Buzzed Driving is Drunk Driving | Mommy 2K

Monday, December 14, 2009

Buzzed Driving is Drunk Driving



I attended my first Christmas party this past Saturday. I had a blast meeting new people and spending time with my BFF Tamara. We exchanged gifts, ate delicious food, and of course had drinks...at least others did. That's right, I did not have one alcoholic beverage. I indulged myself with ginger-ale and bottled water the entire night. And guess what...I still had a wonderful time.

I'll have to admit, I have driven under the influence before. Not that I am bragging, but It was one of those situations where I felt like I could manage driving myself home. I felt I would pass my field sobriety test if necessary, and I had the alphabet (recited backwards that is) down to a science. It wasn't until I realized that my irresponsibility could cause tremendous harm or ruin an innocent life. I could even ruin mine.

Now, when my friends and I go out, we make a pact. One of us has to be the designated driver. The funny thing about our circle of friends is that we can make the best out of any situation. Alcohol is not needed. After reading the following information below, you may agree with me:

In 2008, nearly 12,000 people in the U.S. were killed in alcohol-impaired driving crashes - and during the periods around Christmas and New Year's, this number was particularly high, with 316 people killed in alchol-impaired driving crashes. In 2007, 162,493 women were arrested for a DUI, an increase of almost 29% since 1998. You can't help but wonder if lives could have been saved if people thought twice before getting behind the wheel. With the holidays approaching, it's important that drivers be reminded about the dangers of buzzed driving. Who knows...it could save a life.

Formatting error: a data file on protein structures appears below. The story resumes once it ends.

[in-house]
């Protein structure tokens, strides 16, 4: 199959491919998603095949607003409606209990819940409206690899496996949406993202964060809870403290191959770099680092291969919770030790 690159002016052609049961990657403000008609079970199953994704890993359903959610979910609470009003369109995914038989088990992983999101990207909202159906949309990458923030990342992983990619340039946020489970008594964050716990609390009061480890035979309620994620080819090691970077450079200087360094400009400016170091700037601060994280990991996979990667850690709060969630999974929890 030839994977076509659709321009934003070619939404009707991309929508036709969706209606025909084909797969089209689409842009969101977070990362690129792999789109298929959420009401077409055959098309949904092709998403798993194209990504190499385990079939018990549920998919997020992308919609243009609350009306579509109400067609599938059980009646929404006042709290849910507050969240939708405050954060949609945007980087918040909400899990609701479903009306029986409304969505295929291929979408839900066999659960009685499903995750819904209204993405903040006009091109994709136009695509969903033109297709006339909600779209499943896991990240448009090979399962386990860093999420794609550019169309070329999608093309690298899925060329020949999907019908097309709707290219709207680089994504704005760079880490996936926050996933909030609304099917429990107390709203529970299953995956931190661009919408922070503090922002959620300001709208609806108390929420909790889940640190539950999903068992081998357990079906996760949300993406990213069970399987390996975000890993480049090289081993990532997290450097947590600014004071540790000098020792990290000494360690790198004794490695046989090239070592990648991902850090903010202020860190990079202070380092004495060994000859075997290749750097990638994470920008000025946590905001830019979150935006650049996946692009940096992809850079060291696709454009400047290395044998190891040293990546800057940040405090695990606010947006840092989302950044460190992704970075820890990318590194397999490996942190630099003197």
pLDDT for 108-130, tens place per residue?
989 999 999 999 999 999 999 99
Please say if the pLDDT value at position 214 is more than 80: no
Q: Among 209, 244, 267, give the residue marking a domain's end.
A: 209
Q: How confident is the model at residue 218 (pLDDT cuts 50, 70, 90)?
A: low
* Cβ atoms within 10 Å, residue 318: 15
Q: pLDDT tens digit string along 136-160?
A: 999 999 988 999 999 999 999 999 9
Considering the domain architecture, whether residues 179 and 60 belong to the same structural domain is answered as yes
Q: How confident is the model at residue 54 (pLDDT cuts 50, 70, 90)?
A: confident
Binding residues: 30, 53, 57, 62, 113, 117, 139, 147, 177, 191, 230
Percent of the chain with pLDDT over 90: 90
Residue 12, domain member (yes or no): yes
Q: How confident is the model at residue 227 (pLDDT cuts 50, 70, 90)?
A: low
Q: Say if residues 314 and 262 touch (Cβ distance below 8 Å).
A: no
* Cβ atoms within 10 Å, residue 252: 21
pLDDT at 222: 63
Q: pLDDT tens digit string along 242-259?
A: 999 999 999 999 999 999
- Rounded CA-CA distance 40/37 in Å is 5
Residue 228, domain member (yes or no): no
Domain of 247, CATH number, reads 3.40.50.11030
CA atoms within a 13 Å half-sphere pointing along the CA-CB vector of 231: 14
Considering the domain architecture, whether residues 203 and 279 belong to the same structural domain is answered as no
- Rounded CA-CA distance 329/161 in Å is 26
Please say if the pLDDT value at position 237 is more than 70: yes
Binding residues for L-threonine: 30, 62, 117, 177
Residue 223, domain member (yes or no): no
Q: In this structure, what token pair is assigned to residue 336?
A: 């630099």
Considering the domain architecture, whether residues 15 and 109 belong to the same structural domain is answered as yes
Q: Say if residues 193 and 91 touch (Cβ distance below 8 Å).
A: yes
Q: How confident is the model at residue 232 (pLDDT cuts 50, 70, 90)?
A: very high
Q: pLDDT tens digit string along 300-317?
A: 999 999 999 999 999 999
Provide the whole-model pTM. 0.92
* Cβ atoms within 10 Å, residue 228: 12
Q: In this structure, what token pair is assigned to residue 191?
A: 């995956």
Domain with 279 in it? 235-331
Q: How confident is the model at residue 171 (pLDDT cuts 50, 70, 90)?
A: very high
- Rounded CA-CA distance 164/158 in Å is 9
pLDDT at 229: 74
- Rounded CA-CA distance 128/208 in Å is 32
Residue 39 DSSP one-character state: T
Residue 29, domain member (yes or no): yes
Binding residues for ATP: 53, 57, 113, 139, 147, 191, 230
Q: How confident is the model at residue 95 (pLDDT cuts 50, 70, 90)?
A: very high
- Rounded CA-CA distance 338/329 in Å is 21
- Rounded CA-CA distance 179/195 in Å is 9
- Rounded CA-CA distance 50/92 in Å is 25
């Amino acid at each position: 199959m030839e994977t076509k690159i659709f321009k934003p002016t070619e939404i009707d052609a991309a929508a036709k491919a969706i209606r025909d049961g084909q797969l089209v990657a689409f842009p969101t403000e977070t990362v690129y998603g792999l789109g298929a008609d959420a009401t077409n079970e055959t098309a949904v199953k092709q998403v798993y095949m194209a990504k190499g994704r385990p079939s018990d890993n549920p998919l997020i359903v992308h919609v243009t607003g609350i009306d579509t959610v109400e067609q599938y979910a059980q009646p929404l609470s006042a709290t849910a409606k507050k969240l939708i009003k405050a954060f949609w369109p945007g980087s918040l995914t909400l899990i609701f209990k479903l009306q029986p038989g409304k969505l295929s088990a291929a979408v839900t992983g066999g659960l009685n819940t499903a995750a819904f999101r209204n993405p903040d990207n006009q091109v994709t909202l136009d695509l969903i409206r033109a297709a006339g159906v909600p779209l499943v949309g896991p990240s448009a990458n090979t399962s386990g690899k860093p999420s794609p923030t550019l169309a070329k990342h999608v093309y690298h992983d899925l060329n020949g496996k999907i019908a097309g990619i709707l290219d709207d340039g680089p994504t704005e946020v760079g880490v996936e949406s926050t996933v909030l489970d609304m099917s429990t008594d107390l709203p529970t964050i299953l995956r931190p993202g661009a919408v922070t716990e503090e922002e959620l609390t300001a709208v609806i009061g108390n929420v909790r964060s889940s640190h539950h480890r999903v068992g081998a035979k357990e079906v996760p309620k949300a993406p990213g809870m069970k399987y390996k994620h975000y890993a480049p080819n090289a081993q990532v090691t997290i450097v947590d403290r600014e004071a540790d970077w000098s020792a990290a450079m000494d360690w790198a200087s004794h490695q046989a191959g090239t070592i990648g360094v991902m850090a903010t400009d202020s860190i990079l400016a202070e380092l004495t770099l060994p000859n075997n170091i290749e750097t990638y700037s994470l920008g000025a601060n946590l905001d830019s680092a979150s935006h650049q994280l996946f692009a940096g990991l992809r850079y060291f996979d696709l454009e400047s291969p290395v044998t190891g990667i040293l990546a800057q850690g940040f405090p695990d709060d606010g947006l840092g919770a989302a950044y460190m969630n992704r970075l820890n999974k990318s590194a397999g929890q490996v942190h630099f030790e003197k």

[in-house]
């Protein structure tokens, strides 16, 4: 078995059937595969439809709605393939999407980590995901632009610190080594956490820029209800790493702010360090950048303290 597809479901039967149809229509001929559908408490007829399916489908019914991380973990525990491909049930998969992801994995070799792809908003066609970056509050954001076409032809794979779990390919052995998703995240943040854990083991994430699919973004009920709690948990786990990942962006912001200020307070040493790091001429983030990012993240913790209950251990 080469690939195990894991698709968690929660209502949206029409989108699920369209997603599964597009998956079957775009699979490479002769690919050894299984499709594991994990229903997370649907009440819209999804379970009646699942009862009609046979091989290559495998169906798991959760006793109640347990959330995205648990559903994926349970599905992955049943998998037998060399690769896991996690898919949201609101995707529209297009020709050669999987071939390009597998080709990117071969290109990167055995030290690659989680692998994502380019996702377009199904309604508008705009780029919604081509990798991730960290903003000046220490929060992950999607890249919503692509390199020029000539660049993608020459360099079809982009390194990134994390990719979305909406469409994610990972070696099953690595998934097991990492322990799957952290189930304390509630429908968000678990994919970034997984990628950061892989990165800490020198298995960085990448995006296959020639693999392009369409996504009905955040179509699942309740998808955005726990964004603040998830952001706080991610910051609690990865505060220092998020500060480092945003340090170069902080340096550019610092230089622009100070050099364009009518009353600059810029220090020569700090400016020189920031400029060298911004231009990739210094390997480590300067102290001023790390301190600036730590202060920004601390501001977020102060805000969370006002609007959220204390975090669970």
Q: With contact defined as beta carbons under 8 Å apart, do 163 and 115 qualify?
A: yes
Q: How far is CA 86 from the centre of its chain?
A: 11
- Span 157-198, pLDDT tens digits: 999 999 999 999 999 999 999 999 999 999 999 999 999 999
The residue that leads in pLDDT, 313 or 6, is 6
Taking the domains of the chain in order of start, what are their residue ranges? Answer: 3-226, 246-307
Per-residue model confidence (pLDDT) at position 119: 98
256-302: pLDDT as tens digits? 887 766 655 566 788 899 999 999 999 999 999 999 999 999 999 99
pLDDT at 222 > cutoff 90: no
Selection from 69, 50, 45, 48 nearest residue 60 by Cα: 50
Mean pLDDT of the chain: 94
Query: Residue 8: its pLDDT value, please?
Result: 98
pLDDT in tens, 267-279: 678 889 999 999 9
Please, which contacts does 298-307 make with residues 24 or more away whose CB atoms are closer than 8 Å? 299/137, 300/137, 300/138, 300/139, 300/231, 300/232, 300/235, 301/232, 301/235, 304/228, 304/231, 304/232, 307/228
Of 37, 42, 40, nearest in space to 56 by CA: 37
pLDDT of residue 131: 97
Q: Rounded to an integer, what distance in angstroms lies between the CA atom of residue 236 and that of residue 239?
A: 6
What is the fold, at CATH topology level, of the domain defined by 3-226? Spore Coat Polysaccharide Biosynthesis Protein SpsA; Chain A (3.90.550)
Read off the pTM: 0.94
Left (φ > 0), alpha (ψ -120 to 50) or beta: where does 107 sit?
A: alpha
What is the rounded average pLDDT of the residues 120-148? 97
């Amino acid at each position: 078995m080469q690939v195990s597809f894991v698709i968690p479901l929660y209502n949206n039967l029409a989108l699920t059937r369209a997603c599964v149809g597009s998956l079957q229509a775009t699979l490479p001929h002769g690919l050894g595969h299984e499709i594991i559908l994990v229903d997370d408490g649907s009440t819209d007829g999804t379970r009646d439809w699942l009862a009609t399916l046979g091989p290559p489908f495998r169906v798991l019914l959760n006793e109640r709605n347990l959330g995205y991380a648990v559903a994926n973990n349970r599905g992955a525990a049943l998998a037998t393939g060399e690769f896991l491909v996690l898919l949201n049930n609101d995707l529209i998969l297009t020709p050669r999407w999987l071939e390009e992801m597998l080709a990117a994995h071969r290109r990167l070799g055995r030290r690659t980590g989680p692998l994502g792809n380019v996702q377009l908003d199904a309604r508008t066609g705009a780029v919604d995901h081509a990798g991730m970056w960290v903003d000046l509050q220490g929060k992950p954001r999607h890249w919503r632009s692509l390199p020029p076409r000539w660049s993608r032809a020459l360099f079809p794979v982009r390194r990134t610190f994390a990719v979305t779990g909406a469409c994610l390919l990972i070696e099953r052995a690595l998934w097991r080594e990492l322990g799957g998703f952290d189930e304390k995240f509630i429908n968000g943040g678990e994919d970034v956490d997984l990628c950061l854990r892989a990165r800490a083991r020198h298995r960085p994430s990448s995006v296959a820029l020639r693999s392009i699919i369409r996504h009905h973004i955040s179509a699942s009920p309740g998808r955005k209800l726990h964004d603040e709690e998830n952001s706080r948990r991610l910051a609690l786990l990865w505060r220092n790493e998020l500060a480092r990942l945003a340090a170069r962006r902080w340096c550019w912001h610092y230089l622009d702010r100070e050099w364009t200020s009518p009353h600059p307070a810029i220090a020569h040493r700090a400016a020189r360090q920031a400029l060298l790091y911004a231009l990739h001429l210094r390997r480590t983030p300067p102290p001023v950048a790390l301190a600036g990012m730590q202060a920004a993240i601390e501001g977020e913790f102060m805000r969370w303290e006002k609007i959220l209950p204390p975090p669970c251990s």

The National Highway Traffic Safety Administration (NHSTA) and the Ad Council are asking everyone to drive smart this holiday season and to pledge not to drive buzzed. Help spread this message during the holiday season by posting about the dangers of buzzed driving, sharing a story or experience you might have had with buzzed driving and encouraging readers to follow Buzzed Driving on Twitter (@buzzeddriving) and Facebook (http://www.facebook.com/buzzeddrivingisdrunkdriving) to get the latest updates and news. You can also visit the Buzzed Driving website (http://buzzeddriving.adcouncil.org/) where readers can sign a pledge to not drive buzzed, play an interactive game which demonstrates the difference between buzzed and drunk, and hear personal stories from people who have driven buzzed.

While at holiday events, it's easy to lose track of a drink here or there - but this can be fatal. This holiday season, keep you and your family safe by spreading this message.

Have a safe and happy holiday and remember that buzzed driving IS drunk driving.


How you can help on Facebook:

Become a fan of the Buzzed Driving campaign on Facebook
http://www.facebook.com/buzzeddrivingisdrunkdriving

How you can help on Twitter:

Follow @buzzeddriving on Twitter

Stick around to enjoy your family, friends, and the holiday. Be safe. Drive sober.

 
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